I love a good story. Even more so, I love a good true story. You know, the kind that reminds you to dream and to dare – to embrace risk and live outside of the comfortable circle you’re currently in…
Well, I recently came across such a story. : )
Levi Benkert had been a wealthy real estate developer, living the good life in California with his wife and three young kids… that is, until the market tanked in 2008. Stress. For months and months he tried to rebuild what was lost, to salvage something from the wreckage. Stress. Deals fell through, employees couldn’t be paid, and things just weren’t getting better. Stress. When the phone rang, a call from an old pastor friend he hadn’t kept in good contact with through the years, the story began to change…
His friends’ request was simple, yet complicated: would he please drop everything and join a two-week trip to Ethiopia? The team was going to help organize a small rescue orphanage in a rural, southern Ethiopian town. Though Levi had worked overseas in an orphanage setting years and years ago, those days were long gone. He was immersed in the business world now. What a crazy idea!! Drop everything, with so many people around him wanting money and answers regarding his crumbled business, cut off communication and fly half way around the world for two weeks?! No. Absolutely not. He couldn’t… could he? Well, he went. He spent those two weeks in the rural town of Jinka (pictured at right), a two days’ drive from the capital. There he was introduced to a very old, and wretchedly evil practice: mingi. He’d never be the same.
‘Why?’ I wondered out loud. ‘Why would any parents do this?’
The children Levi was visiting were all survivors. They’d each been deemed “cursed” by the local clan they were born into, and were thus sentenced to die immediately. Babies suffocated after their mouths were stuffed with dirt; toddlers were bound and thrown in the river to drown. As many as 1,000 “cursed” Ethiopian children are killed each year because of this superstition (p.22). This is called mingi. ‘Why?’ I wondered out loud. “‘Why would any parents do this?’ ‘Because they live in fear,’ Simi explained” (p.22):
“A child can be declared mingi for three reasons: if the parents are not married, if the parents do not announce to the elders in an elaborate ceremony that they intend to conceive, or if the child’s top teeth come in before the bottom teeth. Once the infants or children are labeled mingi, they are murdered to protect the village from evil spirits. The elders teach that if the killings don’t happen, the whole tribe will be harmed. It will not rain. crops will fail. People will die.” ( p.22)
These kids, now orphans, were rescued – some miraculously – from this fate. Praise be to God! Foreigners befriended the elders of the tribe, and eventually convinced them that the tribe didn’t have to kill the children to prevent bringing curse and calamity on their people: simply removing the “cursed” babies and kids from the tribe was sufficient. So the beginnings of the orphanage was born. The children had been rescued, but they still had no one to care for them. There was much work to be done.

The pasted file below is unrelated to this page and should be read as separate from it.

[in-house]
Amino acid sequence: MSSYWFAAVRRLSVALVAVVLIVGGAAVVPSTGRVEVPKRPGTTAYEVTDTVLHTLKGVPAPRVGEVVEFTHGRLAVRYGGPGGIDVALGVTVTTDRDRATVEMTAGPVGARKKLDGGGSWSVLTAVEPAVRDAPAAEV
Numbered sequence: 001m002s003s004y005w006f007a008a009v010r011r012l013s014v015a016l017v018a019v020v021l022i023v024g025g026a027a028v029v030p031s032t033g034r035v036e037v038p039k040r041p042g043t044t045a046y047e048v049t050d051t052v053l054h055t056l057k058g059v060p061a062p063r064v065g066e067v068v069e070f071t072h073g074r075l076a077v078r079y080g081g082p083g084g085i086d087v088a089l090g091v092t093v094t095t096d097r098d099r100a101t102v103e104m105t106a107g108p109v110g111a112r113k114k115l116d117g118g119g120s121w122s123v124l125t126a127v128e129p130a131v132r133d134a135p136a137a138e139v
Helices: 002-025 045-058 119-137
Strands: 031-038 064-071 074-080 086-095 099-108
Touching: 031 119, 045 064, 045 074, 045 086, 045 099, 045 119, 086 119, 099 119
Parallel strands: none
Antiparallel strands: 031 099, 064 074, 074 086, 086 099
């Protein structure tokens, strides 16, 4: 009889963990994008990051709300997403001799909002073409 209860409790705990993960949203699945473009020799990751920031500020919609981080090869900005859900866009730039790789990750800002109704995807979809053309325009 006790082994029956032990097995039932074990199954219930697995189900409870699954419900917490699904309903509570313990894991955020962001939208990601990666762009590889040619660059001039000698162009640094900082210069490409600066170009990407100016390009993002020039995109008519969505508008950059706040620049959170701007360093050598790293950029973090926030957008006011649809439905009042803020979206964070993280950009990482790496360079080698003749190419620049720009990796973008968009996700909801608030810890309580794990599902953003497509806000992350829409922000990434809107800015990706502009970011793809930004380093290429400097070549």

Six weeks after returning from his two-week trip, Levi and his whole family moved to rural Ethiopia to dig in and love those precious orphans. They sold their house and belongings, took a leap of faith, and embraced a whole new way of life:
“After fourteen days in the hotel with no water and with power that seemed to be off more than it was on, we finally moved into a small house near the orphanage. It was a bright red mud house with a tin roof, cement floors, and a pleasant yard full of eucalyptus trees that swayed in the wind.” (p.61)
Their story isn’t a perfect one. Nobody’s is. It was hard, it was different, and it didn’t always turn out the way they thought it would.
“This was the deepest, darkest place we’d ever been together and yet strangely, at the same time it was one of the most beautiful places we’d ever been. We were at that sacred place of human weakness, where we recognized that our abilities were not enough. We had no choice but to trust God.” (p.52)
You can read their story in the book “No Greater Love” by Levi Benkert and Candy Chand (2012, Tyndale House Publishers). It’s a look into the world of international adoption, orphan care, and Ethiopian life and culture… but more so it’s the story of a family who dared to risk, who felt a calling and ran after it. It’s the story of their bumps and bruises, their victories, and most of all an insight into the kind of people they’ve become – people touched by God’s love and used by him to impact the world.
check out the Benkerts ministry (they are still in Ethiopia, yes): http://bringlove.in/
and the official trailor for the book about their story: http://www.youtube.com/watch?v=2zwOBs1_ae4